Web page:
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How China drives the fortunes of Indian steel, iron ore companies

It takes just one statement from Chinese authorities or a steep producers’ body in the country to change the dynamics and economics of Indian companies in the sector.

Prices of steel and iron ore in India have been volatile in recent weeks because of developments in China, which is trying to regulate the metal’s output. Moneycontrol looks at what Beijing has been doing in the sector, and why its moves are so important for India.

Why does China matter so much for Indian steel and iron ore prices?

China accounts for more than half of the global steel-making capacity and absorbs 75 percent of global iron ore imports. Therefore, any signal from China about its likely output of steel, or about the growth of its economy, has a direct bearing on global prices of the two commodities, which in turn has created ripples in India.

What steps have China taken recently?

On August 10, China’s steel hub, the Hebei province, ordered cuts in steel output in the main producing region of Tangshen to control emissions during the Beijing winter Olympics 2022. It has decided to implement ultra-low emissions by reducing crude steel production by 8.8 percent to 21.7 million tonnes this year. To meet the target, steel production has to fall 16 percent in the second half of the year.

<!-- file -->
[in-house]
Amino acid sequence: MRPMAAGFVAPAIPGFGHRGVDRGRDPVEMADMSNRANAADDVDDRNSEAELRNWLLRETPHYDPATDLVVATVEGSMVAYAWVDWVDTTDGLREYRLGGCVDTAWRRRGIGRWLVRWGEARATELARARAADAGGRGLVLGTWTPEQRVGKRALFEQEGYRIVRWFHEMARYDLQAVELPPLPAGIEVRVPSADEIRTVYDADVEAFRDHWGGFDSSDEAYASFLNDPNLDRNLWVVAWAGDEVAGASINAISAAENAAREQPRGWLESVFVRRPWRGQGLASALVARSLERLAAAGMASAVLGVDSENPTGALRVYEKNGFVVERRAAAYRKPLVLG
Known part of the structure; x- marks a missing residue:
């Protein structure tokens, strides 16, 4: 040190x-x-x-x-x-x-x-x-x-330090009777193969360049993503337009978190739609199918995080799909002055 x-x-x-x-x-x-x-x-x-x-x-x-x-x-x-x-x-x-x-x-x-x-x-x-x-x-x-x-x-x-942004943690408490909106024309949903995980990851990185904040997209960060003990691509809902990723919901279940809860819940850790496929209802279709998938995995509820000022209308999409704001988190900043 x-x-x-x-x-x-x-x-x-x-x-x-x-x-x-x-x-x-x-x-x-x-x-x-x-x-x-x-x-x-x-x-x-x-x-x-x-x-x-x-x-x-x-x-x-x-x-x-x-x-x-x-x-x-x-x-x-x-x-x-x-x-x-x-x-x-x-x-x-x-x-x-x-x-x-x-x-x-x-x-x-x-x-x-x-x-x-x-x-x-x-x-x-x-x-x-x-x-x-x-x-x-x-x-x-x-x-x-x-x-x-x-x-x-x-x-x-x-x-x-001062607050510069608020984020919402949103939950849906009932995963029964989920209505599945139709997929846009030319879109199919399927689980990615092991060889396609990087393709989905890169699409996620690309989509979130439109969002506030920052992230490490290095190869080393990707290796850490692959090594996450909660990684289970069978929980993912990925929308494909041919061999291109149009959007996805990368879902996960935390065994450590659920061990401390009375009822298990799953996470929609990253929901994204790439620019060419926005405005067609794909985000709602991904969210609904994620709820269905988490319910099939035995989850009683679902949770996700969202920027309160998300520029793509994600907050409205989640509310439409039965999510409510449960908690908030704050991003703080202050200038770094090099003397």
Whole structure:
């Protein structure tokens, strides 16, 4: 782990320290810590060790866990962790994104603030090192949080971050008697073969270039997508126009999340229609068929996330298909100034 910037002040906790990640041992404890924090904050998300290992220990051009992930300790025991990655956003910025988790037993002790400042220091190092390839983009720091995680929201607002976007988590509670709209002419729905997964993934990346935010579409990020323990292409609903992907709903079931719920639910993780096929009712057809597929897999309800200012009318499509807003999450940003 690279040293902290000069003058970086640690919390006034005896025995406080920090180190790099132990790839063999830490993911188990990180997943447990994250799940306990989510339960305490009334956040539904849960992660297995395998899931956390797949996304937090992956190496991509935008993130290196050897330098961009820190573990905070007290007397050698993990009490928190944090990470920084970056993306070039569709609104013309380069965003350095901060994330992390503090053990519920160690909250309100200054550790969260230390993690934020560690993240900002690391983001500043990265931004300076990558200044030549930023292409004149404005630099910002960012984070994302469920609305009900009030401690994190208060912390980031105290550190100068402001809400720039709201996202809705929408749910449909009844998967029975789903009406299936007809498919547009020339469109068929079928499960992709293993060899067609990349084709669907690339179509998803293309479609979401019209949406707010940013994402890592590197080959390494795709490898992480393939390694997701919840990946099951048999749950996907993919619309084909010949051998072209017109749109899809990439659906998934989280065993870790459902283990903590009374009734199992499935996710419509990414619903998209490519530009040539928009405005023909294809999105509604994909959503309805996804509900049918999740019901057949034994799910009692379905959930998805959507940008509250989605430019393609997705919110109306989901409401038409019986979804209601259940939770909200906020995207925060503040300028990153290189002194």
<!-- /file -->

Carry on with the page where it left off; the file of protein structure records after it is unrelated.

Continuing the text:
What has been the impact of this move?

Iron ore futures in China fell on August 13, posting the second consecutive weekly decline, as government measures to control steel output hit demand for the raw material.

Last week, the China Iron and Steel Association said that the more-polluting mills and the ones that were not energy-efficient, should cut output, and that production in 2021 would be lower than the previous year.

What has been the India-specific impact of the move?

India’s largest iron ore producer, NMDC Ltd, cut the price of the steelmaking ingredient, which is good news for Indian steel producers, according to a The Hindu BusinessLine report. The NMDC had cut prices in July also.

In the second half of July iron ore futures in Singapore fell 18 percent on concerns of falling Chinese demand. The fall was accelerated by the announcement by the Shagang Group, the world’s fourth-largest steel mill, that it was cutting production.


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